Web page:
The term, megaureter, is usually reserved for ureters >7 mm in diameter. The term hydroureteronephrosis (or hydronephroureterosis) may be used when ureteric dilatation occurs in the presence of hydronephrosis.
Clinical presentation is variable but may include:
- flank pain
- nausea, vomiting
Hydroureter is a non-specific finding. Etiologies include:
- residual dilation from a prior obstruction that has recently resolved (e.g. passed urolithiasis)
- urinary tract infection 2
A ureteral diameter of >3mm has been described as the cut-off for hydroureter 1,3.
History and etymology
From the Latin "hydro", meaning of water.
- 1. Potenta SE, D'Agostino R, Sternberg KM, Tatsumi K, Perusse K. CT Urography for Evaluation of the Ureter. (2015) Radiographics : a review publication of the Radiological Society of North America, Inc. 35 (3): 709-26. doi:10.1148/rg.2015140209 - Pubmed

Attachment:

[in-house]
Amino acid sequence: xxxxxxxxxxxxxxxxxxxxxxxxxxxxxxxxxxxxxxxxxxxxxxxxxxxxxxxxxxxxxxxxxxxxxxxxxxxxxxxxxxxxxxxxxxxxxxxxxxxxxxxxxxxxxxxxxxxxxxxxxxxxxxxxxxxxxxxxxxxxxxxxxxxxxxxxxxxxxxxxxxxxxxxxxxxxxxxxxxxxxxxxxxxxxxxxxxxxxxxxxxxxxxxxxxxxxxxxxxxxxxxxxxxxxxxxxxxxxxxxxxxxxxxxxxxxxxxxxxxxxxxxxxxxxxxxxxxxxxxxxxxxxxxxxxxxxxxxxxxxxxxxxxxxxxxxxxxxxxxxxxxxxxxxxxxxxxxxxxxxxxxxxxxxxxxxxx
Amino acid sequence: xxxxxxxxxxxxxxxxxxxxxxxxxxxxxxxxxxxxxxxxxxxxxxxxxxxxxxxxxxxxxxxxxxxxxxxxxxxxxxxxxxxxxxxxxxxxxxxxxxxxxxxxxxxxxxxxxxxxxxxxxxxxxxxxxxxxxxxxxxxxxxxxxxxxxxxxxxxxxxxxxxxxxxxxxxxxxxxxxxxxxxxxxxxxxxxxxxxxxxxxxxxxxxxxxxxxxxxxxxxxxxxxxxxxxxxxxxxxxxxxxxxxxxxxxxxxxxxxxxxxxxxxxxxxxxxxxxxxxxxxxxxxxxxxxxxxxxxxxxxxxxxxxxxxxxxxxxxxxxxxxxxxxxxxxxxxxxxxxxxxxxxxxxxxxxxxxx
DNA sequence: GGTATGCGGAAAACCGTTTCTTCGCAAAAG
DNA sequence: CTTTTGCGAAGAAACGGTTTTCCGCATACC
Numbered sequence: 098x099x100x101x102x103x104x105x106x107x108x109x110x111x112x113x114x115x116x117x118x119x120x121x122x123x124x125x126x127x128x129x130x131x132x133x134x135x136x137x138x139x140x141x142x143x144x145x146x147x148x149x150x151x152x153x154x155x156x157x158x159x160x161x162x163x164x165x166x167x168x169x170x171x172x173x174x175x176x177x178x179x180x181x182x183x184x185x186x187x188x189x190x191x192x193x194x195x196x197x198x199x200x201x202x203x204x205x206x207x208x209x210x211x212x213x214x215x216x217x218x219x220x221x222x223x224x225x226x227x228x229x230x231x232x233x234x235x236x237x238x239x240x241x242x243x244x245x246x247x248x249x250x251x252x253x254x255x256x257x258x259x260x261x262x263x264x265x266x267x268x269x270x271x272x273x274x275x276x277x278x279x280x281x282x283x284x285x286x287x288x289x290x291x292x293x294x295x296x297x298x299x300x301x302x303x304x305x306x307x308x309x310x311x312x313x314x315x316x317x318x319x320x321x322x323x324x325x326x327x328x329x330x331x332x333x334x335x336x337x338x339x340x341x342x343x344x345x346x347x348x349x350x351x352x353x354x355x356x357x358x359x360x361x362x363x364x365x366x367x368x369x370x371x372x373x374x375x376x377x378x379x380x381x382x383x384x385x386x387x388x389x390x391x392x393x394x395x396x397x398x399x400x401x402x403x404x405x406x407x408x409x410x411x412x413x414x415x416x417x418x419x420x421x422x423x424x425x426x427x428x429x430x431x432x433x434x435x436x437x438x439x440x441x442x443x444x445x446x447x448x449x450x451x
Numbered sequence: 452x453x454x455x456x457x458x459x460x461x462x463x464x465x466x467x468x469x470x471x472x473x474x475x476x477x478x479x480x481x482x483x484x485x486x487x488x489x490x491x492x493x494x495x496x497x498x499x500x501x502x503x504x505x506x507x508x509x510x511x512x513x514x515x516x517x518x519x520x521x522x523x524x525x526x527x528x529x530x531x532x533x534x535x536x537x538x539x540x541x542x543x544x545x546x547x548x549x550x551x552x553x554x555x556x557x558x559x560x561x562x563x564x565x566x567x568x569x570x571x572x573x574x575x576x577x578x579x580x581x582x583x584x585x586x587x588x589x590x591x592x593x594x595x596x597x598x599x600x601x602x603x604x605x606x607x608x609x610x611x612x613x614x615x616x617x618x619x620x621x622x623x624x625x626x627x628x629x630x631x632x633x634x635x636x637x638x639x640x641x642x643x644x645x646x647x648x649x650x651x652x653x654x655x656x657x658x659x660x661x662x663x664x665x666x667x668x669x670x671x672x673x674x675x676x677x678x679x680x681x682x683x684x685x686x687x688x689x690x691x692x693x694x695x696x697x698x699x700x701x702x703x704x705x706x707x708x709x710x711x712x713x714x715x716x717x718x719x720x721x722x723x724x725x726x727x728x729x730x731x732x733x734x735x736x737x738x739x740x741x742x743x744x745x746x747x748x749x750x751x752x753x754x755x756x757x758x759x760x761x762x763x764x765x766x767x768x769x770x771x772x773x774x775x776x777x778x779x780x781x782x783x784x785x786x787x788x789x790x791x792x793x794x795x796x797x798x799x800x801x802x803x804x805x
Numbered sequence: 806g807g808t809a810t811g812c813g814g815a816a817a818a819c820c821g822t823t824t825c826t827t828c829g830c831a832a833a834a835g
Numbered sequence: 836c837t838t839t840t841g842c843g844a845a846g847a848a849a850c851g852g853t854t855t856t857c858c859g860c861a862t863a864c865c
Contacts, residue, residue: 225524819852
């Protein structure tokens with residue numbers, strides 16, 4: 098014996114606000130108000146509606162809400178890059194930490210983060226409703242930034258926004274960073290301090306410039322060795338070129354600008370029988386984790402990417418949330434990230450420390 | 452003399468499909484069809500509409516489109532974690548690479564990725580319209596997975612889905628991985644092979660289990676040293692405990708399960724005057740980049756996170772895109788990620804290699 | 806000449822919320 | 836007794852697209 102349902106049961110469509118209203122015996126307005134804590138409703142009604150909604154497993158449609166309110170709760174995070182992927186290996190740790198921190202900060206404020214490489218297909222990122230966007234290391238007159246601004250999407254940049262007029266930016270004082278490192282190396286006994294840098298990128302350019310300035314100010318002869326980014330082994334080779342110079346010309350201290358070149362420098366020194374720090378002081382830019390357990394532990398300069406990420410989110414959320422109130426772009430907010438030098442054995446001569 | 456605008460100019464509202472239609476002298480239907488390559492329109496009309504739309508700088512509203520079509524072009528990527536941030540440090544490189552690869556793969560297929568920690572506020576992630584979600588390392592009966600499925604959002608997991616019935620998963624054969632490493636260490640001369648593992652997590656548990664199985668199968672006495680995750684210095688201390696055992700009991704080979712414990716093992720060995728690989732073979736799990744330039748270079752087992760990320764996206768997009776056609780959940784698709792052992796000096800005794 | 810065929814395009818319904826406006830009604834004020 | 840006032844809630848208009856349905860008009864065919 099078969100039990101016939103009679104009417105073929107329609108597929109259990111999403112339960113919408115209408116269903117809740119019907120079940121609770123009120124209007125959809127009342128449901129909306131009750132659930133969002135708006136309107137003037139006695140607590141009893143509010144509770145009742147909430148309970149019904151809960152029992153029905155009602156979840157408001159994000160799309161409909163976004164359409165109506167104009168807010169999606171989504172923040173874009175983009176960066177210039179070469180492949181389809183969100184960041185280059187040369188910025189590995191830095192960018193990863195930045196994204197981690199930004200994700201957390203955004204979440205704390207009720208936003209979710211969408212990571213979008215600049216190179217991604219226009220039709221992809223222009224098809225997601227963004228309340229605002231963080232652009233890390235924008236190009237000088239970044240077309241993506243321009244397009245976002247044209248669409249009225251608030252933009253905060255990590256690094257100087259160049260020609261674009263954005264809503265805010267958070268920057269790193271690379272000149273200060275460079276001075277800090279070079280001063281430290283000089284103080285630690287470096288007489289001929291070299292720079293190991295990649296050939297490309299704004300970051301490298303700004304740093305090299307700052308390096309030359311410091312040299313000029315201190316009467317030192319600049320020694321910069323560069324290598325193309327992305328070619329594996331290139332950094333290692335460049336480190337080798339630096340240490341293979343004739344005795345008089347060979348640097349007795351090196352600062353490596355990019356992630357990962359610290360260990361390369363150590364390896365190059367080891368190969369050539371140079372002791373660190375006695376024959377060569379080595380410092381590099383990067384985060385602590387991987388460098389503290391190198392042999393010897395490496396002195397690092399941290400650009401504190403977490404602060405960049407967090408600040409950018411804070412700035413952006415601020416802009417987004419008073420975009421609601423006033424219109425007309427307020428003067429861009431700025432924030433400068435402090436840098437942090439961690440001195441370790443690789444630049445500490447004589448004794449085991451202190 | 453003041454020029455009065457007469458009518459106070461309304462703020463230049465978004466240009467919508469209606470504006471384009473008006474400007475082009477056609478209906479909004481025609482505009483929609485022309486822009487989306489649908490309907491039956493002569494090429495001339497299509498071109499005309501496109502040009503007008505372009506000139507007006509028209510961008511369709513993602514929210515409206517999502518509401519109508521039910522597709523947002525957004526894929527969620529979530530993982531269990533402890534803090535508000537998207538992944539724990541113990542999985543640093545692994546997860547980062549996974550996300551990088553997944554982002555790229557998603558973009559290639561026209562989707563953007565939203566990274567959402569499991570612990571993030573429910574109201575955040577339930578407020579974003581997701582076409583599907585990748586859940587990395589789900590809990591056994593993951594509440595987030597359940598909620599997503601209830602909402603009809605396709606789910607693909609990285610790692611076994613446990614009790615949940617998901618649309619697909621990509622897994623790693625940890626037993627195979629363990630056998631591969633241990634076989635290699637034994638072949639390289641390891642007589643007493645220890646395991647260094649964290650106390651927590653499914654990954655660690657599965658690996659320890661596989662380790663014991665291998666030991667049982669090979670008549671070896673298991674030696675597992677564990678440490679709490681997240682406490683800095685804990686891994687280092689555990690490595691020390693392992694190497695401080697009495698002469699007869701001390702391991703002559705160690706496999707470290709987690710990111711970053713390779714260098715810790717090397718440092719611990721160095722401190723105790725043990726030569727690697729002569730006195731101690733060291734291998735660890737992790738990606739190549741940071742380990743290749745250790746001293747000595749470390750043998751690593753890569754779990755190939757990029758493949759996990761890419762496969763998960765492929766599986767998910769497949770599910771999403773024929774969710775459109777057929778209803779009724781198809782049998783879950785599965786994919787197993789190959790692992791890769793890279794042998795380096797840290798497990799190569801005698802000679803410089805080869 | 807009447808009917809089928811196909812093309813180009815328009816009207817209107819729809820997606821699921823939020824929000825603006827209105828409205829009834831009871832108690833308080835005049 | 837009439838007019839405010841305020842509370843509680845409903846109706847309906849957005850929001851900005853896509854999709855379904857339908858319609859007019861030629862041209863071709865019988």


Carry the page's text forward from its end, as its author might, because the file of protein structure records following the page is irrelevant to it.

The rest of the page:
- 2. Shopfner CE. Nonobstructive Hydronephrosis and Hydroureter. (1966) American Journal of Roentgenology (98): 172-180 doi:10.2214/ajr.98.1.172
- 3. Zelenko N, Coll D, Rosenfeld AT, Smith RC. Normal ureter size on unenhanced helical CT. (2004) AJR. American journal of roentgenology. 182 (4): 1039-41. doi:10.2214/ajr.182.4.1821039 - Pubmed